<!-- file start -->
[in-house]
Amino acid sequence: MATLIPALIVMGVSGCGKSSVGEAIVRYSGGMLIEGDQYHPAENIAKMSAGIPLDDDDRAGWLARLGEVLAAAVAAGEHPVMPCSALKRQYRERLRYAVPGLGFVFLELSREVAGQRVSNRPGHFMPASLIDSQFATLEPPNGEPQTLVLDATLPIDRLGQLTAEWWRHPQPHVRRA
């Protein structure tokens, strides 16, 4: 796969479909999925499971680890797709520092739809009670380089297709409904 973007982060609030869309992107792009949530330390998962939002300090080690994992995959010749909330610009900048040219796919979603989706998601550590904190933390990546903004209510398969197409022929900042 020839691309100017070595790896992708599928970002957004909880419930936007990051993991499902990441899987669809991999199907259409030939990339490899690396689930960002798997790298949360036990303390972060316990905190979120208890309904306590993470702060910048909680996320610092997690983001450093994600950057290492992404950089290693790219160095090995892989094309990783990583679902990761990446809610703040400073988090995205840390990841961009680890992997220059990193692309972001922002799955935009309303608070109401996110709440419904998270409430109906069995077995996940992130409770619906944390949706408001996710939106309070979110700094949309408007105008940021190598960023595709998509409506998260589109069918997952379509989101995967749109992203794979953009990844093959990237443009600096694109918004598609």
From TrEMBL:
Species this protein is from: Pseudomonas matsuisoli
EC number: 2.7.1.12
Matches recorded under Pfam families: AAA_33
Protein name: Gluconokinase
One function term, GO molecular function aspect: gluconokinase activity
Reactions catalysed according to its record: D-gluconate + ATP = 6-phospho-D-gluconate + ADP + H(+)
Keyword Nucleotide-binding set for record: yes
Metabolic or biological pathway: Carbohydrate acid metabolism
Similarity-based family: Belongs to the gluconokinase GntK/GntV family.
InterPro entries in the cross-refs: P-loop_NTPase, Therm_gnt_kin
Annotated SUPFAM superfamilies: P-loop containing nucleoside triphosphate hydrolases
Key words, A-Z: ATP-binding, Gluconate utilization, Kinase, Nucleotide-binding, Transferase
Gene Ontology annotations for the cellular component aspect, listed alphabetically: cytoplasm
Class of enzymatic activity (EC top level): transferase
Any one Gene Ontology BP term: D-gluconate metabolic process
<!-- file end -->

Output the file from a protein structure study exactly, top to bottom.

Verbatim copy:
[in-house]
Amino acid sequence: MATLIPALIVMGVSGCGKSSVGEAIVRYSGGMLIEGDQYHPAENIAKMSAGIPLDDDDRAGWLARLGEVLAAAVAAGEHPVMPCSALKRQYRERLRYAVPGLGFVFLELSREVAGQRVSNRPGHFMPASLIDSQFATLEPPNGEPQTLVLDATLPIDRLGQLTAEWWRHPQPHVRRA
């Protein structure tokens, strides 16, 4: 796969479909999925499971680890797709520092739809009670380089297709409904 973007982060609030869309992107792009949530330390998962939002300090080690994992995959010749909330610009900048040219796919979603989706998601550590904190933390990546903004209510398969197409022929900042 020839691309100017070595790896992708599928970002957004909880419930936007990051993991499902990441899987669809991999199907259409030939990339490899690396689930960002798997790298949360036990303390972060316990905190979120208890309904306590993470702060910048909680996320610092997690983001450093994600950057290492992404950089290693790219160095090995892989094309990783990583679902990761990446809610703040400073988090995205840390990841961009680890992997220059990193692309972001922002799955935009309303608070109401996110709440419904998270409430109906069995077995996940992130409770619906944390949706408001996710939106309070979110700094949309408007105008940021190598960023595709998509409506998260589109069918997952379509989101995967749109992203794979953009990844093959990237443009600096694109918004598609």
From TrEMBL:
Species this protein is from: Pseudomonas matsuisoli
EC number: 2.7.1.12
Matches recorded under Pfam families: AAA_33
Protein name: Gluconokinase
One function term, GO molecular function aspect: gluconokinase activity
Reactions catalysed according to its record: D-gluconate + ATP = 6-phospho-D-gluconate + ADP + H(+)
Keyword Nucleotide-binding set for record: yes
Metabolic or biological pathway: Carbohydrate acid metabolism
Similarity-based family: Belongs to the gluconokinase GntK/GntV family.
InterPro entries in the cross-refs: P-loop_NTPase, Therm_gnt_kin
Annotated SUPFAM superfamilies: P-loop containing nucleoside triphosphate hydrolases
Key words, A-Z: ATP-binding, Gluconate utilization, Kinase, Nucleotide-binding, Transferase
Gene Ontology annotations for the cellular component aspect, listed alphabetically: cytoplasm
Class of enzymatic activity (EC top level): transferase
Any one Gene Ontology BP term: D-gluconate metabolic process